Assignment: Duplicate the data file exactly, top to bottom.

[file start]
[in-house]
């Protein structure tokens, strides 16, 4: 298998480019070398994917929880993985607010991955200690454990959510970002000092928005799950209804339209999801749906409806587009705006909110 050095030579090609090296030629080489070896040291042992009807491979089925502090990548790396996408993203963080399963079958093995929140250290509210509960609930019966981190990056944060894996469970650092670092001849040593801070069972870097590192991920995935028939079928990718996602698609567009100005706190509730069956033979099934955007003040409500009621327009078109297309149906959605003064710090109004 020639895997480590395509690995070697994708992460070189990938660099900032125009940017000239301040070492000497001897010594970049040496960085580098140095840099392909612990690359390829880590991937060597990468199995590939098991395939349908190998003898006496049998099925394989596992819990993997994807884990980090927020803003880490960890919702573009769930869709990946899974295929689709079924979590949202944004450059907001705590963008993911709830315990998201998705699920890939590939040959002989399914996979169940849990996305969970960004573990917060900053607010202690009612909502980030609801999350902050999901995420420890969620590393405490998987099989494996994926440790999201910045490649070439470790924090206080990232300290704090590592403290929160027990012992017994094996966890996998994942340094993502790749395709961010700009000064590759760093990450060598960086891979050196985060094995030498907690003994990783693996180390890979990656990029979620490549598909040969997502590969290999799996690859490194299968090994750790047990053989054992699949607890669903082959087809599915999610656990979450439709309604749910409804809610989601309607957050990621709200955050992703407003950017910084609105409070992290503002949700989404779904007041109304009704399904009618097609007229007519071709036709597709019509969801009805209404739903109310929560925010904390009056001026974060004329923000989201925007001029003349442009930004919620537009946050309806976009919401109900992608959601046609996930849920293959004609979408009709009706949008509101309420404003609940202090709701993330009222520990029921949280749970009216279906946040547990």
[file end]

[in-house]
């Protein structure tokens, strides 16, 4: 298998480019070398994917929880993985607010991955200690454990959510970002000092928005799950209804339209999801749906409806587009705006909110 050095030579090609090296030629080489070896040291042992009807491979089925502090990548790396996408993203963080399963079958093995929140250290509210509960609930019966981190990056944060894996469970650092670092001849040593801070069972870097590192991920995935028939079928990718996602698609567009100005706190509730069956033979099934955007003040409500009621327009078109297309149906959605003064710090109004 020639895997480590395509690995070697994708992460070189990938660099900032125009940017000239301040070492000497001897010594970049040496960085580098140095840099392909612990690359390829880590991937060597990468199995590939098991395939349908190998003898006496049998099925394989596992819990993997994807884990980090927020803003880490960890919702573009769930869709990946899974295929689709079924979590949202944004450059907001705590963008993911709830315990998201998705699920890939590939040959002989399914996979169940849990996305969970960004573990917060900053607010202690009612909502980030609801999350902050999901995420420890969620590393405490998987099989494996994926440790999201910045490649070439470790924090206080990232300290704090590592403290929160027990012992017994094996966890996998994942340094993502790749395709961010700009000064590759760093990450060598960086891979050196985060094995030498907690003994990783693996180390890979990656990029979620490549598909040969997502590969290999799996690859490194299968090994750790047990053989054992699949607890669903082959087809599915999610656990979450439709309604749910409804809610989601309607957050990621709200955050992703407003950017910084609105409070992290503002949700989404779904007041109304009704399904009618097609007229007519071709036709597709019509969801009805209404739903109310929560925010904390009056001026974060004329923000989201925007001029003349442009930004919620537009946050309806976009919401109900992608959601046609996930849920293959004609979408009709009706949008509101309420404003609940202090709701993330009222520990029921949280749970009216279906946040547990």